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Changes to FAFSA causing some headaches for Bradley University students and staff

Jeff Smudde
The front of Bradley Hall

The higher education financial aid process got a major facelift, but the outcomes so far are leaving many students and staff around the Hilltop with something to be desired.

FAFSA, or Free Application for Federal Student Aid, uses students and their families’ financial information to help the U.S. Department of Education determine if they qualify for federal aid to help pay for college. This year, FAFSA underwent huge changes meant to make filling it out quicker and easier.

However, that doesn’t seem to be the case for everyone.

Following a multi-year overhaul of the application, many students and families across the country have reported web site glitches and site maintenance issues.

Bradley University senior mechanical engineering major Donato Sahlas said he is still waiting to get back this year's application from the Department of Education to clarify his entries.

Junior English creative writing major Anaiah Davis has struggled a bit as well, opting to try and gain more information before fully filling out the application.

“It’s definitely shorter and easier to fill out than previous years, but there have been some snags along the way and some things that are hard to understand,” Davis said.

The relaunch features a number of new changes, including fewer questions, the ability to list up to 20 colleges instead of 10, and more language options. Both Sahlas and Davis said there were some good changes made.

“You only get questions that are very specific to you and you don’t have to go through as many questions that you just have to keep saying no to,” Davis said.

The new application was soft launched on Dec. 31, much later than the October rollout the Department of Education has adhered to in the past. For Katie Benson, associate director of financial assistance at Bradley, the condensed timeline has been the biggest problem facing her office.

“A lot of students really rely on having timely and accurate financial assistance awards to decide not only where to go to college but whether or not to go to college,” Benson said. “Not being able to get those awards out as quickly as we usually do is leaving high school seniors with a lot less time to make those financial investment decisions about their college education.”

Benson said her office normally sends out awards for prospective students in November, but this year they still haven't received processed information, despite being told they’d receive it at the end of January. She also said there’s been a lack of communication between the Department of Education and the university.

“These changes have the potential to do a lot of good, but right now there’s a lot of uncertainty around it and it is frustrating for everyone,” Benson said.

One of the changes Benson lauded was the new income reporting feature. Now, families will upload their annual income straight from the IRS as a part of the Student Aid Index, a number that ultimately determines your eligibility for financial aid from the school. Benson said this feature is much more dependable than the system used in the past.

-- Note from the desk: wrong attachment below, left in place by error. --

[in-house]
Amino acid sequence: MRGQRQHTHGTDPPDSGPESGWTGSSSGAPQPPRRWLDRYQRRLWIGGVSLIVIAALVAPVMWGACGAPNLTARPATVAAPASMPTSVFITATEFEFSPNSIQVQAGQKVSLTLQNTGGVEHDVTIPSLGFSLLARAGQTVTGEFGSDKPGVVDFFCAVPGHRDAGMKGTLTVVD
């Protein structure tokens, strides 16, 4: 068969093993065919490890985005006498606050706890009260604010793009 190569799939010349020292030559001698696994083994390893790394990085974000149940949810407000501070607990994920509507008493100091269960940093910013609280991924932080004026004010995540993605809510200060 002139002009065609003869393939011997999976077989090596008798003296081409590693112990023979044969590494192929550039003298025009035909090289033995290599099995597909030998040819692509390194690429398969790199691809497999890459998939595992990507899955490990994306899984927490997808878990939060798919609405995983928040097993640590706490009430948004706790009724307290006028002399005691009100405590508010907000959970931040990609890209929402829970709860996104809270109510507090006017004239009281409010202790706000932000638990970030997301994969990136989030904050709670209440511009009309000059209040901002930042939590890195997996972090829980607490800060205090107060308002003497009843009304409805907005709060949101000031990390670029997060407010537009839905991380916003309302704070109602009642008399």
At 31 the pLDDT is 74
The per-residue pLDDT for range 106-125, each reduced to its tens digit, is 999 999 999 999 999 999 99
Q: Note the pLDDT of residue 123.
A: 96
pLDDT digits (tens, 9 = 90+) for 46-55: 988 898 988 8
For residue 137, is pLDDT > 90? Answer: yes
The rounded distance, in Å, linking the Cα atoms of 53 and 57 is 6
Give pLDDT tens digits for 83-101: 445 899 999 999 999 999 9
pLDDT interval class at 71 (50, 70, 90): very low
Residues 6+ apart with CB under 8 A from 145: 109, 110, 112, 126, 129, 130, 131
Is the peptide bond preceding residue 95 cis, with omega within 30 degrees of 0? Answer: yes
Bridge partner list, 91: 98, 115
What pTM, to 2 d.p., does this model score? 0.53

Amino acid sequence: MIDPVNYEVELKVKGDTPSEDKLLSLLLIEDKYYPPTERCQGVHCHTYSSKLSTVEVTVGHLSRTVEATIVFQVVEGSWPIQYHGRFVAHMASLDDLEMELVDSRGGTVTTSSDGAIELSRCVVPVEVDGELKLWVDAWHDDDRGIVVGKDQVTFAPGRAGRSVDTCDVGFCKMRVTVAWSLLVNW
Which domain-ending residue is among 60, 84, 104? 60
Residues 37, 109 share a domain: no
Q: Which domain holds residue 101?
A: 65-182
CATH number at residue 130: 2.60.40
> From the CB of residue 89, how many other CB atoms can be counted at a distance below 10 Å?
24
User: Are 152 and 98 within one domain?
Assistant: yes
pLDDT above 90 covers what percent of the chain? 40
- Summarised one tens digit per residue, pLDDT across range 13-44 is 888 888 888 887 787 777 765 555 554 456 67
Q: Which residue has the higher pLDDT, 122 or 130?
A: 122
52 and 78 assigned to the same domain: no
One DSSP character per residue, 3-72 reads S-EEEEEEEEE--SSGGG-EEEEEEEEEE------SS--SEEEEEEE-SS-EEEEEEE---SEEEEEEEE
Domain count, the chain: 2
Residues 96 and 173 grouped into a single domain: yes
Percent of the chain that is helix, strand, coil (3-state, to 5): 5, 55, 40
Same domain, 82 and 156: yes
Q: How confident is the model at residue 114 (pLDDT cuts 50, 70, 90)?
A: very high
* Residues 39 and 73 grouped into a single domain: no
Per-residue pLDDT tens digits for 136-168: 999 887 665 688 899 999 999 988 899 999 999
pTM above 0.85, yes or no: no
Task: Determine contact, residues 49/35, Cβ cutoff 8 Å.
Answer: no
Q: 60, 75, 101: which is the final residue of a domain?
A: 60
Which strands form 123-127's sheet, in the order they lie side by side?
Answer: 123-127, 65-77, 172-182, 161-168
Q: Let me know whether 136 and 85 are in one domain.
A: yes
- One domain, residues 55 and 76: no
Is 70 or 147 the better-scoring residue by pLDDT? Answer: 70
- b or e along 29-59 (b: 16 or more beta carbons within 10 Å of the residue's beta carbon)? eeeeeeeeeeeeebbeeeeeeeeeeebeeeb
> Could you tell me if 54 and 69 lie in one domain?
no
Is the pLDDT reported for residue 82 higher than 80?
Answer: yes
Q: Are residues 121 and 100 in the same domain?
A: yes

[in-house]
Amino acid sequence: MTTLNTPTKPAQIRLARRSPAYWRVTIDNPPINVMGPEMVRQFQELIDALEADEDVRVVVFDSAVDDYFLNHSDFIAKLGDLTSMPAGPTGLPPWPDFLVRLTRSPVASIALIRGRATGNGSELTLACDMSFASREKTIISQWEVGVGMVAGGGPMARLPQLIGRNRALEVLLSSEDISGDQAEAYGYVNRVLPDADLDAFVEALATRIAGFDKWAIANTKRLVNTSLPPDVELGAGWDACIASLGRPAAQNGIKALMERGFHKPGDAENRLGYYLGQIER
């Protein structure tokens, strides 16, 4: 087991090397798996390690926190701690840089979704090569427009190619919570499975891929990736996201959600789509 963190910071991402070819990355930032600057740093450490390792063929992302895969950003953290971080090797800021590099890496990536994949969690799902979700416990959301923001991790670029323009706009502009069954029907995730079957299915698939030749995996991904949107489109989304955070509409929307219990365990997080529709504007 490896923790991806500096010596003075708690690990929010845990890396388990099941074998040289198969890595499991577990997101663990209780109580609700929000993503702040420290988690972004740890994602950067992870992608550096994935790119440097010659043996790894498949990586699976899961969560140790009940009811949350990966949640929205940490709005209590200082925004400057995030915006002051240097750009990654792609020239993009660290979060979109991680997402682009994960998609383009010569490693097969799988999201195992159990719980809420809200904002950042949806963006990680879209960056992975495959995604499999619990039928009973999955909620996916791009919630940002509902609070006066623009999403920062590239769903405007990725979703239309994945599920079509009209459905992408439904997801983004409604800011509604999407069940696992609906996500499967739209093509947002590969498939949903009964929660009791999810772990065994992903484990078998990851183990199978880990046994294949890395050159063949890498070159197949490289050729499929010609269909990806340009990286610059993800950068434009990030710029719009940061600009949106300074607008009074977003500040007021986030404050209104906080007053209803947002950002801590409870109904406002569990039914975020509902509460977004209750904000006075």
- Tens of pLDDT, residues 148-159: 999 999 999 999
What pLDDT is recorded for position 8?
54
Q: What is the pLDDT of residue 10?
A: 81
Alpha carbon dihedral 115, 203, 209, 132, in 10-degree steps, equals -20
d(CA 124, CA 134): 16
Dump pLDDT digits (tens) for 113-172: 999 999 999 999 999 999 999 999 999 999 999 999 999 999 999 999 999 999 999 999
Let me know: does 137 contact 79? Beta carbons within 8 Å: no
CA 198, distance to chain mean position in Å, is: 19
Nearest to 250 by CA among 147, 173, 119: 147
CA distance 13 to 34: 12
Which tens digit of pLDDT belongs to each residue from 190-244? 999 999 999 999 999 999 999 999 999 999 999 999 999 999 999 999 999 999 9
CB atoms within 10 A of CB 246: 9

However, Davis said she has had trouble with this part of the application, as the consent needed to transfer IRS information hasn’t been made available to her.

“I don’t know if it’s something on my end, or if I’m not figuring it out correctly, but I have not been able to do that so far,” Davis said.

While Davis struggles to use the new application’s features, Sahlas didn’t even know about the changes, instead opting to fill in his information manually.

“Knowing that that’s now an option, that will make it a lot easier going forward,” Sahlas said.

The example of Sahlas shows the Department of Education’s communication problems extends to students, as Benson said they haven’t done a good job informing students about the new process, why the delays are happening or when they can expect to see offers from schools.

“I feel like in years past it was longer but I had an easier time with it, almost,” Davis said. “I haven’t had to do as much external research than I have in the past couple days trying to do it.”

Overall, Sahlas and Davis are okay with the changes despite the problems they’ve faced.

“Previous years, it might’ve taken a few days to get information, but this year it was very streamlined,” Sahlas said.

Recently, the Department of Education unlocked an additional $1.8 billion in financial aid after failing to account for inflation in the initial form’s rollout. This, along with the updates to income reporting, opens up a lot more federal aid for kids trying to go to college, which is something that Benson and her office are excited about.

“I do think it has the potential for a lot of good, we just have to get through this first year,” Benson said.

Benson encourages students to fill out the FAFSA as soon as they are able, adding her office is always available for any questions.

Still, she understands how difficult the changes can be for students preparing for the next step in their academic career.

“That timeline has really hindered students’ ability to make informed financial decisions ahead of time with ample time to review it and to discuss those possibilities as a family,” Benson said.

Mason Klemm is a reporting intern for WCBU. He is studying sports communication at Bradley University and is expected to graduate in May 2024.